Los Angeles, California
Drake Mckinish is a recent addition to the UpKeep family, but his impact on the team is already clear. Drake comes from a background in maintenance, working as a pipefitter for over two years. This work was physically demanding and dangerous, but Drake understood the importance of what he did to maintain the natural gas pipelines, power plants, and refineries that everyone relies on every day to power the world. Pipefitting in industrial locations was high-risk but exciting and Drake loved the work he did because of the thrill factor. He shared one of his favorite stories:
“I was working on with my mentor – I was his apprentice, so I went everywhere with him. We were doing one job for SoCal Gas, which was cool for someone like me who’s so young to be on. There was this huge pipe in the ground just filled with gas and they had to replace a big, 50-yard section of it. They had to cut into the live gas line and weld on it too to put in the new, really heavy piece of pipe – all while it’s operational.
They had a huge internal team that did a lot of it, but contracted a union welder to do some of it. As he’s welding on this pipe, there are these huge bursts of fire coming up because they’re shooting nitrogen into the pipeline so it doesn’t explode. They try to isolate the gas while he’s welding, but sometimes the gas still gets in there and comes into contact with the welding flame. Not to mention that this shift was 24 hours, and this happened probably 14 hours in.”
Drake, thank you for everything you do. You have a distinguished work ethic and impressive grit. We’re so glad to have you on our team.
How did you get started in maintenance?
When I was 17, I was trying to be independent so I joined a union in Gardena. It took six months from the time I applied to when I was actually part of the union, working in the industry. The first job I started doing was HVAC pipefitting.
I’ve worked at a couple of industrial facilities doing maintenance. I was a pipefitter – so, I do fitting and welding on anything from tiny copper pipes, to HVAC pipes, to natural gas pipelines.
I also worked on a couple of jobs at LAX. I worked on projects both redoing one of the terminals, so retrofitting copper pipes, and helped on the new international terminal they’re building. Those shifts were overnight which was really cool. There were times when I was on the runway at 3 am and just couldn’t believe it.
The last job I worked on doing pipe fitting was a new construction power plant. In Huntington Beach, there’s an old power plant, but they’re building a new one. That project’s a little different since it was construction rather than maintenance, but the work was still pretty similar.
I was doing a five-year apprenticeship for pipefitting, so I took classes too while I was working. I would go to the union hall every other Friday for a 10-hour day of class, taking two classes.
The transition to UpKeep
After working and studying for a few years, my fiancé and I were expecting our first baby. At this point, I was working 80+ hours a week still, and it was really hard on both of us. On top of that, the projects usually only last only for 4-6 months and then you’re done. You have to go to the union hall and get put on the out of work list, and then you essentially just wait for another job. When my son was born, I only got five days off of work. It was at that point that I kind of knew I needed to take a step back, for the sake of my family.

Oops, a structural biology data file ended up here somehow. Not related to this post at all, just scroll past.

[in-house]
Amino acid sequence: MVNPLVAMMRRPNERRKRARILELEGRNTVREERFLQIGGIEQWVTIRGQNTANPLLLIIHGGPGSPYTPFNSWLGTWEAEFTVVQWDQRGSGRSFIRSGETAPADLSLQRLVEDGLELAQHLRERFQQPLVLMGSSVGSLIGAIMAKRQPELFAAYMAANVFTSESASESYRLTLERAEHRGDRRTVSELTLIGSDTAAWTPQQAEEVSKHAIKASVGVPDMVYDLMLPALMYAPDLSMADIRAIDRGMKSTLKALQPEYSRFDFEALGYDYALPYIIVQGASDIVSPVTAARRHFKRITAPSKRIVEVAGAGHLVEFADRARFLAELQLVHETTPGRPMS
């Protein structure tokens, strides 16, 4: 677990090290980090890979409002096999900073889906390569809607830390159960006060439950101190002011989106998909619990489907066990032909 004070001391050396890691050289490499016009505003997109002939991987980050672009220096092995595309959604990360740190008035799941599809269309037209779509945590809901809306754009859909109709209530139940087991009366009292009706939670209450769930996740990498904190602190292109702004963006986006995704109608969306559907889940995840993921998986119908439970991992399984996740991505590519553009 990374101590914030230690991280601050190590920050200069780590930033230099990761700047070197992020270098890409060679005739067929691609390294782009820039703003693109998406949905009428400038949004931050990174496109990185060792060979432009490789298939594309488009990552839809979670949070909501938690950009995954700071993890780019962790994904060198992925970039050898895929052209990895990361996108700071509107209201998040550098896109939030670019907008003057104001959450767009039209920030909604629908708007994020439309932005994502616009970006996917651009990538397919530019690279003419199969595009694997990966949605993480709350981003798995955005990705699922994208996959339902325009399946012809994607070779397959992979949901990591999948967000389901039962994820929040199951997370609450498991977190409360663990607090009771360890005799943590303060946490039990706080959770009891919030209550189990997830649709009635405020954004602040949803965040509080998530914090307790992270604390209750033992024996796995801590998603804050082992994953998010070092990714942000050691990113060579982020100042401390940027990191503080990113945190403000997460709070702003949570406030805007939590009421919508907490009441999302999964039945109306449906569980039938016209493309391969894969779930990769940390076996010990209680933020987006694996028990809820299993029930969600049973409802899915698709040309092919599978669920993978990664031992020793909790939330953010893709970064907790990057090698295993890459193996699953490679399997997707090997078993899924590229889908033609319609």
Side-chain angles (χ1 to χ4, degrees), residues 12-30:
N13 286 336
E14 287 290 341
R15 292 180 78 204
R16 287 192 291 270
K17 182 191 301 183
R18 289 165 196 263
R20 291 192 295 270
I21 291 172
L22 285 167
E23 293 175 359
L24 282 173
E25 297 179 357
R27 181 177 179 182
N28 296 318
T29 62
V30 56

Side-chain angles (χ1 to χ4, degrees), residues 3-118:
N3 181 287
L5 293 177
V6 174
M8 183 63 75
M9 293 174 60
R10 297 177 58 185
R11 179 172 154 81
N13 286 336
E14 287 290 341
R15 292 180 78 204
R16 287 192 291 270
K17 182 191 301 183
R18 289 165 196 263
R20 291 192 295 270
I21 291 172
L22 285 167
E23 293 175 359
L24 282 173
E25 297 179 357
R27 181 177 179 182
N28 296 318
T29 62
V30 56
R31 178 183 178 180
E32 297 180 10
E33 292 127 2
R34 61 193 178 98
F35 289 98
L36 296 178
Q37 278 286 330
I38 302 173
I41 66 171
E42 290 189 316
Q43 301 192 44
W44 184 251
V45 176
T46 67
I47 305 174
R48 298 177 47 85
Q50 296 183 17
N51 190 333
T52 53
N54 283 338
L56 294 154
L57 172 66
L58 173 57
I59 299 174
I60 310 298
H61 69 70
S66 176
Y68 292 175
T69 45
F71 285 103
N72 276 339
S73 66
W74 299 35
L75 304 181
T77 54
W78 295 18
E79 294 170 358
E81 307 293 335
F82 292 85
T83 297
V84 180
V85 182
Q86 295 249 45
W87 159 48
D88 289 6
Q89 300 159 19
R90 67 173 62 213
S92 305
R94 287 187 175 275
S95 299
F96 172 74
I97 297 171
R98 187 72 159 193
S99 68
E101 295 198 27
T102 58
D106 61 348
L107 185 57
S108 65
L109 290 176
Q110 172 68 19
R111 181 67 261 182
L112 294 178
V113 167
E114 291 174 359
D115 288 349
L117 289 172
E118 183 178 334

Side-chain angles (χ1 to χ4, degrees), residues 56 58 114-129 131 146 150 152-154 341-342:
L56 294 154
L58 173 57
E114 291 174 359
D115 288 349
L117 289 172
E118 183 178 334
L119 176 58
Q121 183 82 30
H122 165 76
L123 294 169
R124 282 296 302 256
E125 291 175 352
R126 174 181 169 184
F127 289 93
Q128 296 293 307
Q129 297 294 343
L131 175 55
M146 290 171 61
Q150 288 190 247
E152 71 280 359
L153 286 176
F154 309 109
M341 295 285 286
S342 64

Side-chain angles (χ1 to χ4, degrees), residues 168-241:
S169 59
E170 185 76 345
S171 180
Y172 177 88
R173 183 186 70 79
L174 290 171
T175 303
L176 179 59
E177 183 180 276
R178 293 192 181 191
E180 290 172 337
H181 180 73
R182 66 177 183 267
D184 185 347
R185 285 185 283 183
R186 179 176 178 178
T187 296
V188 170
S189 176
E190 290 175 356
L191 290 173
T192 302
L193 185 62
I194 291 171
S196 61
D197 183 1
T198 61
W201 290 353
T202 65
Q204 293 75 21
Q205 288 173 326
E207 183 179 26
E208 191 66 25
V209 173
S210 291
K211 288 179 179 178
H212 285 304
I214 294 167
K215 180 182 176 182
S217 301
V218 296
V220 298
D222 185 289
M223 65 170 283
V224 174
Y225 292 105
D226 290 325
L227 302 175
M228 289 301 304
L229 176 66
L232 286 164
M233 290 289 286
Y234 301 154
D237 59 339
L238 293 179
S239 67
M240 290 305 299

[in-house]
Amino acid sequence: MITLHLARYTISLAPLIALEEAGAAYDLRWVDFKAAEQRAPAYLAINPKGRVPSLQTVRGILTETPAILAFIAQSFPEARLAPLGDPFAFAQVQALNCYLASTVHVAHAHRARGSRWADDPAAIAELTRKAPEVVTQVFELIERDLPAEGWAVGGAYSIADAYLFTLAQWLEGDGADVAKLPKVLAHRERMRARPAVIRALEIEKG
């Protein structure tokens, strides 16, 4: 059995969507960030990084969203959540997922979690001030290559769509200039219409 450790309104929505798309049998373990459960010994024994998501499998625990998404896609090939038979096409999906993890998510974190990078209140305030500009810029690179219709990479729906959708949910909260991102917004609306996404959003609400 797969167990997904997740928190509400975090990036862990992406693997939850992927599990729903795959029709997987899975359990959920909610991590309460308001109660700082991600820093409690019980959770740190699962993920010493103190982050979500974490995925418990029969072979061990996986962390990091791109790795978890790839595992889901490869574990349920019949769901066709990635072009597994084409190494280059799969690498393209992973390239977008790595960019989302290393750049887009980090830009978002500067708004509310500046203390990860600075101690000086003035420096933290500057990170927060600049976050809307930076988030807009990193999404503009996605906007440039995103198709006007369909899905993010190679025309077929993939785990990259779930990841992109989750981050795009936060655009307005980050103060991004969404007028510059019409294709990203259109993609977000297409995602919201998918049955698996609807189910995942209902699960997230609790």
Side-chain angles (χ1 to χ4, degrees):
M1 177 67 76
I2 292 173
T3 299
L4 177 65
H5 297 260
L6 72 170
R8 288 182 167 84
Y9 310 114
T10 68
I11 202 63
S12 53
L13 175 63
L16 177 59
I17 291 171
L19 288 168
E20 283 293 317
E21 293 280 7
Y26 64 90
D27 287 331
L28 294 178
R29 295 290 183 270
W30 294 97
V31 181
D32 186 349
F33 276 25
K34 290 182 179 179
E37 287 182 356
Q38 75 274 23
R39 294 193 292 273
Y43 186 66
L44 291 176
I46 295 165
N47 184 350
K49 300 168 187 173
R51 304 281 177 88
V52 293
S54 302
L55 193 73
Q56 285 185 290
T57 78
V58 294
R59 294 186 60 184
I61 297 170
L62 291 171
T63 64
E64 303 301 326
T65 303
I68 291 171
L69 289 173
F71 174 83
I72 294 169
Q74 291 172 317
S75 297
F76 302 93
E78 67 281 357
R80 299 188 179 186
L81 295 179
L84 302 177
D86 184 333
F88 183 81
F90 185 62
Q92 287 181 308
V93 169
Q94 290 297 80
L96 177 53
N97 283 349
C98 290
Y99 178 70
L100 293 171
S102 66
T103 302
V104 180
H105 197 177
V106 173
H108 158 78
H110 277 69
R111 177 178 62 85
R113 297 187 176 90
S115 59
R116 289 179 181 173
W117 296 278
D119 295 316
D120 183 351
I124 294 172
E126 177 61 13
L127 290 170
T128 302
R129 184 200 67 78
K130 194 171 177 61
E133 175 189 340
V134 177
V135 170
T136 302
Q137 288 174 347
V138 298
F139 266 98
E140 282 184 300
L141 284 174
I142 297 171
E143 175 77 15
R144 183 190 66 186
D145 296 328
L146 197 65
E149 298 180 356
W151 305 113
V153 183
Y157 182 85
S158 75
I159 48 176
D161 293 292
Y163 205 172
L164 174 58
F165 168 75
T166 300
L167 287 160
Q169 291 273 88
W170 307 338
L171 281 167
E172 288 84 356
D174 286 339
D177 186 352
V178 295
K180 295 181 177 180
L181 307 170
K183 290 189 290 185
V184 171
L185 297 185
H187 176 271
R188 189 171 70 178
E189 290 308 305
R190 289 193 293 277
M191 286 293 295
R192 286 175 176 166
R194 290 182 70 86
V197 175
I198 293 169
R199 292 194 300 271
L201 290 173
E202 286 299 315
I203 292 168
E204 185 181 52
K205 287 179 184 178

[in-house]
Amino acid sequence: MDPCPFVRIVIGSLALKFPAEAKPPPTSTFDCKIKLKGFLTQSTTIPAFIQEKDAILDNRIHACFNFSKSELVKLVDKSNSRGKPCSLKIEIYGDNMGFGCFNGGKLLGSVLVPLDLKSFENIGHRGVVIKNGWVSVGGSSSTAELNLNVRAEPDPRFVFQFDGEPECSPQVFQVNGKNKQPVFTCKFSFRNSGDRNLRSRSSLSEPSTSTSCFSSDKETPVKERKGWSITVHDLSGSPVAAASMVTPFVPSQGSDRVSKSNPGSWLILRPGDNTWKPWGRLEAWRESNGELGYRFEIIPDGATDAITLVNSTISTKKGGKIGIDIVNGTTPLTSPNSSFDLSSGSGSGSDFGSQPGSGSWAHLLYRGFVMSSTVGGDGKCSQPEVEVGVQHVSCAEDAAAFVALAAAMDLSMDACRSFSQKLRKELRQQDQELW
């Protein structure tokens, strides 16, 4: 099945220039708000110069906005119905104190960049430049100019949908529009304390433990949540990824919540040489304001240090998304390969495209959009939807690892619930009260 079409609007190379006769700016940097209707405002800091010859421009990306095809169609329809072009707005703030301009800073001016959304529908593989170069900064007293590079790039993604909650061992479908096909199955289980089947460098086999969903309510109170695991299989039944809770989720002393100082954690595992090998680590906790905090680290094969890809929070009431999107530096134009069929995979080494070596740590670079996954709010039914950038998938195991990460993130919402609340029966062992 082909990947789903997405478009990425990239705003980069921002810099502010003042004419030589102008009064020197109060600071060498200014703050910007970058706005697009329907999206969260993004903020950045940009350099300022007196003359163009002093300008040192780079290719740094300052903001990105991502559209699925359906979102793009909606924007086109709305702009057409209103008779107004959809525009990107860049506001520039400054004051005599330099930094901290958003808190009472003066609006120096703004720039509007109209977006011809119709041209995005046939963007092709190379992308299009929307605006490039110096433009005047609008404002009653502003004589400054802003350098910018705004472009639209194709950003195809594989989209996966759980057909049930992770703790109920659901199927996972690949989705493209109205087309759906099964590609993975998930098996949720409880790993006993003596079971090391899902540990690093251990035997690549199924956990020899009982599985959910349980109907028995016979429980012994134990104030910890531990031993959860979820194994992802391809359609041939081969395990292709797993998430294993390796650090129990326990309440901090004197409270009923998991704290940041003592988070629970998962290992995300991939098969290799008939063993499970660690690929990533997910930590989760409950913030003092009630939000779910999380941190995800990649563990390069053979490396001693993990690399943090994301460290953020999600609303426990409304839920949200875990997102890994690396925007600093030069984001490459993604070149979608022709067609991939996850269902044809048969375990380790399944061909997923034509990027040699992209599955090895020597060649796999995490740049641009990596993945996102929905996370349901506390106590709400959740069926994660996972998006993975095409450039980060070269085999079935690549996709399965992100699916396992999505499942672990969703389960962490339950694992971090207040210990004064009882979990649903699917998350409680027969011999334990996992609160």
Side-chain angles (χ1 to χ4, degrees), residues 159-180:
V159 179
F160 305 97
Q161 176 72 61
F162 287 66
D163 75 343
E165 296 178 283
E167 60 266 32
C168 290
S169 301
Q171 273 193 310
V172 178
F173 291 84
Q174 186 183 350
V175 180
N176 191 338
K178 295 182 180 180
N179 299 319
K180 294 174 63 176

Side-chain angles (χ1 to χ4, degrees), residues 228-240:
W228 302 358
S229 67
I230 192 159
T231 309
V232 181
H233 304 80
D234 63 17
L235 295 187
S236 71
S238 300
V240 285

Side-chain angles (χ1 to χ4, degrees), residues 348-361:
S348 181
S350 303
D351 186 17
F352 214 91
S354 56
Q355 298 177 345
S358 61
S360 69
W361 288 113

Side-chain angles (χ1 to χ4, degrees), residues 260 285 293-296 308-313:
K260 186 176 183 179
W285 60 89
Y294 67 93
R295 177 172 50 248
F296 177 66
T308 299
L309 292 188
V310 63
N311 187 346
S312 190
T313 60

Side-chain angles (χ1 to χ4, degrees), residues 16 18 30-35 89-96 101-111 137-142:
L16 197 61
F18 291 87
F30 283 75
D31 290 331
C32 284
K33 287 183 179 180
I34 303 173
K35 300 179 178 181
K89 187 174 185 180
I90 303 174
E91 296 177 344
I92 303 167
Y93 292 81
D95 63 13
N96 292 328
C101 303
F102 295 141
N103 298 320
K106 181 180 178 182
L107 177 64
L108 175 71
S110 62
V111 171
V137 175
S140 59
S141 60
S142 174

It’s been really cool to start working at UpKeep because the work feels so rewarding. Now, I’m part of this really awesome community and work culture that is much more balanced. The lifestyle I was living working as a pipefitter was just getting unsustainable, especially after my son was born. I’m glad I came from working 12 hour days for 7 days in a row on a dangerous oil refinery wearing full coveralls in 120-degree heat. I’m not going to come into this role and feel rejected if someone says no to me on the phone, or if I work over 10 hours one day, or have to make 200 calls. None of it is that big of a deal.
What is one of your proudest achievements?
Honestly, I’d say not injuring myself or anyone else. I’ve seen a lot of situations where someone could have been really hurt or did get hurt. And the older people in the industry, you can see the result of the work over a lifetime. People are missing fingers, or their legs are bowed, or they have scars from getting burnt.
What is one thing you wish people knew about your job?
If you’re thinking about joining the industry, have an extra set of clothes in your car. There are some days where you come out of this job soaking wet, dirty from lying down in a trench all day, or you have fiberglass in your clothes. I ruined my fiancé’s car by going to work every day and not having changing my clothes, so I want to pass that wisdom on.
I also don’t think people realize how high hazard this industry is. There’s a lot of opportunities in different situations for things to go wrong. Especially if you’re working on a live gas line, or moving huge pieces of metal around with a crane. I think people know it’s dangerous work, but the reality of it isn’t really exposed. This industry is gritty, in more ways than I’ve even talked about here.